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Colorblindness Simulation with JavaScript.

3.7.2015

Around 4% of humans have some form of colorblindness. Since that's a significant portion of your web site traffic, it's probably worth doing some testing for how your site would look to those users. One way is the simulate.js from http://mudcu.be/labs/. For each image in an array of images, this JavaScript adds a new canvas element with shifted colors. Below is an example usage for Deuteranope type vision. The script also includes functions for Protanope and Tritanope type vision.

var images = scope.getElementsByTagName("img");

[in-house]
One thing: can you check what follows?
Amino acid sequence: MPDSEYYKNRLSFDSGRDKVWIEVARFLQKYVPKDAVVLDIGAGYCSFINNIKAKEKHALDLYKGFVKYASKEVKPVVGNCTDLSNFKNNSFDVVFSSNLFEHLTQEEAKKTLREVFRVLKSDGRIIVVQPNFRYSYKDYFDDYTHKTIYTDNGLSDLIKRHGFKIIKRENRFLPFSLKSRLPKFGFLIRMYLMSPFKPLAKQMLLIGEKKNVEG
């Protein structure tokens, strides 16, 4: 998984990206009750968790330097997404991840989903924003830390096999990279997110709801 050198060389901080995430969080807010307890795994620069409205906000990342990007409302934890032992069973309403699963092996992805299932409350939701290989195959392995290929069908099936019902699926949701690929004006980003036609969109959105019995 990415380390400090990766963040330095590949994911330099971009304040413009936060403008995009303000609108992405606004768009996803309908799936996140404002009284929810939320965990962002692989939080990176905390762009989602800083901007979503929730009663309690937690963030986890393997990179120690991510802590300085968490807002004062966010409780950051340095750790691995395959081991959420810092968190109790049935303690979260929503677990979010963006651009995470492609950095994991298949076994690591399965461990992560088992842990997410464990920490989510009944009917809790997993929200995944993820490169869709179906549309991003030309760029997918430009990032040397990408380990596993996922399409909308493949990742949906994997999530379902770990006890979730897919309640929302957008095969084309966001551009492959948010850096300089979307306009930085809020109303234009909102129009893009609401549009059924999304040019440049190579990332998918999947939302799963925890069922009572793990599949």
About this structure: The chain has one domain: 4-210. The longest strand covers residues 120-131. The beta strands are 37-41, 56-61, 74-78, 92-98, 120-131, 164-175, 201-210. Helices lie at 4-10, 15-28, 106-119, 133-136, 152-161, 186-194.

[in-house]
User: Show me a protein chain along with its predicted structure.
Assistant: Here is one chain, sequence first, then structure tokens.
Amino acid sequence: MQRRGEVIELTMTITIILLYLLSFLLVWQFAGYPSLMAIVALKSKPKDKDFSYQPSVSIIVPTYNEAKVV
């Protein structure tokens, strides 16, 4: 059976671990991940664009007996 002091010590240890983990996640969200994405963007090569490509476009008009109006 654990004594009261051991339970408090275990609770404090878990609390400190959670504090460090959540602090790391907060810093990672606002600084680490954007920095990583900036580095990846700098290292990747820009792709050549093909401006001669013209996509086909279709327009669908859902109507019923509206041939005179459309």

for (var i = 0; i < images.length; i++) {
  Color.Vision.Simulate(images[i], {
    type: "Deuteranope",
    callback: function(canvas) {
      document.getElementById("lid_623").appendChild(canvas);
    }
  });
}

Below is the script in action: the fruit bowl and rainbow images are shown normally, and below each is simulated with deuteranopia, protanopia finally tritanopia.

Alessi fruit bowl, filled by Dirk Ingo Franke / CC 1.0 Public Domain http://commons.wikimedia.org/wiki/File%3AFruit_basket_alessi.JPG Rainbow from Budapest by Takkk / CC 3.0 http://commons.wikimedia.org/wiki/File:Rainbow_in_Budapest.jpg

The canvas element seems a tad unreliable - refresh the page once or twice to get the new images to load. It also can't be added when Codepen.

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Tags: accessibility code javascript

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